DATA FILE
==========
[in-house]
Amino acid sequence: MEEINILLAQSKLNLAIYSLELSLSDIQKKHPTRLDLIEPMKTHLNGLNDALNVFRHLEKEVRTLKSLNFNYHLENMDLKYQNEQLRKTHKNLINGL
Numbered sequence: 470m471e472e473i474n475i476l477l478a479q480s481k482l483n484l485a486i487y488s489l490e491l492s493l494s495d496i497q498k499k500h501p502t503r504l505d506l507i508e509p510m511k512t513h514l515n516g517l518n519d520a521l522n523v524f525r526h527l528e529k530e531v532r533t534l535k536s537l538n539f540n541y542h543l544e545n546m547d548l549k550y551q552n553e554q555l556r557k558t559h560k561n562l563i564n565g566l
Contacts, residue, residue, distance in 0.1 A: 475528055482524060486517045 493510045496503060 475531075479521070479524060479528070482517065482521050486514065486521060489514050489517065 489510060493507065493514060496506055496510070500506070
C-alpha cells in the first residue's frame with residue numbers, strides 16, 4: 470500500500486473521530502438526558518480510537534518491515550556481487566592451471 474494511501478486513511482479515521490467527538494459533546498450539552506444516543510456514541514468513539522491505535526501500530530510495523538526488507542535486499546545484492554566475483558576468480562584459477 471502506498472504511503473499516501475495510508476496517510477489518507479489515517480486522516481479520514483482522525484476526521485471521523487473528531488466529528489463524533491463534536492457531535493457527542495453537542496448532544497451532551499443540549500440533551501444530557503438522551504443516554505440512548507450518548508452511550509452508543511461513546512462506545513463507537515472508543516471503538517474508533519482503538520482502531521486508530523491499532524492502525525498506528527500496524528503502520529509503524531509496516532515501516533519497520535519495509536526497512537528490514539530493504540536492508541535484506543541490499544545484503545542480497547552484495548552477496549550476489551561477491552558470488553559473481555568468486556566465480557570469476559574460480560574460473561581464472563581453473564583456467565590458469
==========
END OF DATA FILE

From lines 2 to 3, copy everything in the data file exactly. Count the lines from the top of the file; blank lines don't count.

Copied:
Amino acid sequence: MEEINILLAQSKLNLAIYSLELSLSDIQKKHPTRLDLIEPMKTHLNGLNDALNVFRHLEKEVRTLKSLNFNYHLENMDLKYQNEQLRKTHKNLINGL
Numbered sequence: 470m471e472e473i474n475i476l477l478a479q480s481k482l483n484l485a486i487y488s489l490e491l492s493l494s495d496i497q498k499k500h501p502t503r504l505d506l507i508e509p510m511k512t513h514l515n516g517l518n519d520a521l522n523v524f525r526h527l528e529k530e531v532r533t534l535k536s537l538n539f540n541y542h543l544e545n546m547d548l549k550y551q552n553e554q555l556r557k558t559h560k561n562l563i564n565g566l